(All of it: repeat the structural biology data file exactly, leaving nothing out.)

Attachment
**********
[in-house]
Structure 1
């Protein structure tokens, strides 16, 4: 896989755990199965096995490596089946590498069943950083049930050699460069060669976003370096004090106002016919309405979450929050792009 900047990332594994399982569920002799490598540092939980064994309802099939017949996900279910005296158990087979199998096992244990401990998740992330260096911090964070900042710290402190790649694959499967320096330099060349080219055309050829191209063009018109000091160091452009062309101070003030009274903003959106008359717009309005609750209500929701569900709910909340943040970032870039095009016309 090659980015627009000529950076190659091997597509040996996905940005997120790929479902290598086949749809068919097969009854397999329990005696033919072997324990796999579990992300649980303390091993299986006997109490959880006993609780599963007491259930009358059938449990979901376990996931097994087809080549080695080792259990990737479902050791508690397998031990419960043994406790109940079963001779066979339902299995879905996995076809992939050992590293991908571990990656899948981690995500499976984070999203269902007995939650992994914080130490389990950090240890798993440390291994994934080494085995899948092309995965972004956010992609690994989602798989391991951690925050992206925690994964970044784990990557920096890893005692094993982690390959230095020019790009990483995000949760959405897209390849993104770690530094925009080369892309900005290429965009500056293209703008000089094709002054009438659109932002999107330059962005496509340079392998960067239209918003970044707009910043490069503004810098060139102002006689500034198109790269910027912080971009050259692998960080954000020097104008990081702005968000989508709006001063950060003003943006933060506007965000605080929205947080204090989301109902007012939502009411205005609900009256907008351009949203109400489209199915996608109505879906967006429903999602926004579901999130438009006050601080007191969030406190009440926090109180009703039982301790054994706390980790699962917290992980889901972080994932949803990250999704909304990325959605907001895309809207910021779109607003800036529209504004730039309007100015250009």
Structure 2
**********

[in-house]
Structure 1
């Protein structure tokens, strides 16, 4: 896989755990199965096995490596089946590498069943950083049930050699460069060669976003370096004090106002016919309405979450929050792009 900047990332594994399982569920002799490598540092939980064994309802099939017949996900279910005296158990087979199998096992244990401990998740992330260096911090964070900042710290402190790649694959499967320096330099060349080219055309050829191209063009018109000091160091452009062309101070003030009274903003959106008359717009309005609750209500929701569900709910909340943040970032870039095009016309 090659980015627009000529950076190659091997597509040996996905940005997120790929479902290598086949749809068919097969009854397999329990005696033919072997324990796999579990992300649980303390091993299986006997109490959880006993609780599963007491259930009358059938449990979901376990996931097994087809080549080695080792259990990737479902050791508690397998031990419960043994406790109940079963001779066979339902299995879905996995076809992939050992590293991908571990990656899948981690995500499976984070999203269902007995939650992994914080130490389990950090240890798993440390291994994934080494085995899948092309995965972004956010992609690994989602798989391991951690925050992206925690994964970044784990990557920096890893005692094993982690390959230095020019790009990483995000949760959405897209390849993104770690530094925009080369892309900005290429965009500056293209703008000089094709002054009438659109932002999107330059962005496509340079392998960067239209918003970044707009910043490069503004810098060139102002006689500034198109790269910027912080971009050259692998960080954000020097104008990081702005968000989508709006001063950060003003943006933060506007965000605080929205947080204090989301109902007012939502009411205005609900009256907008351009949203109400489209199915996608109505879906967006429903999602926004579901999130438009006050601080007191969030406190009440926090109180009703039982301790054994706390980790699962917290992980889901972080994932949803990250999704909304990325959605907001895309809207910021779109607003800036529209504004730039309007100015250009």
Structure 2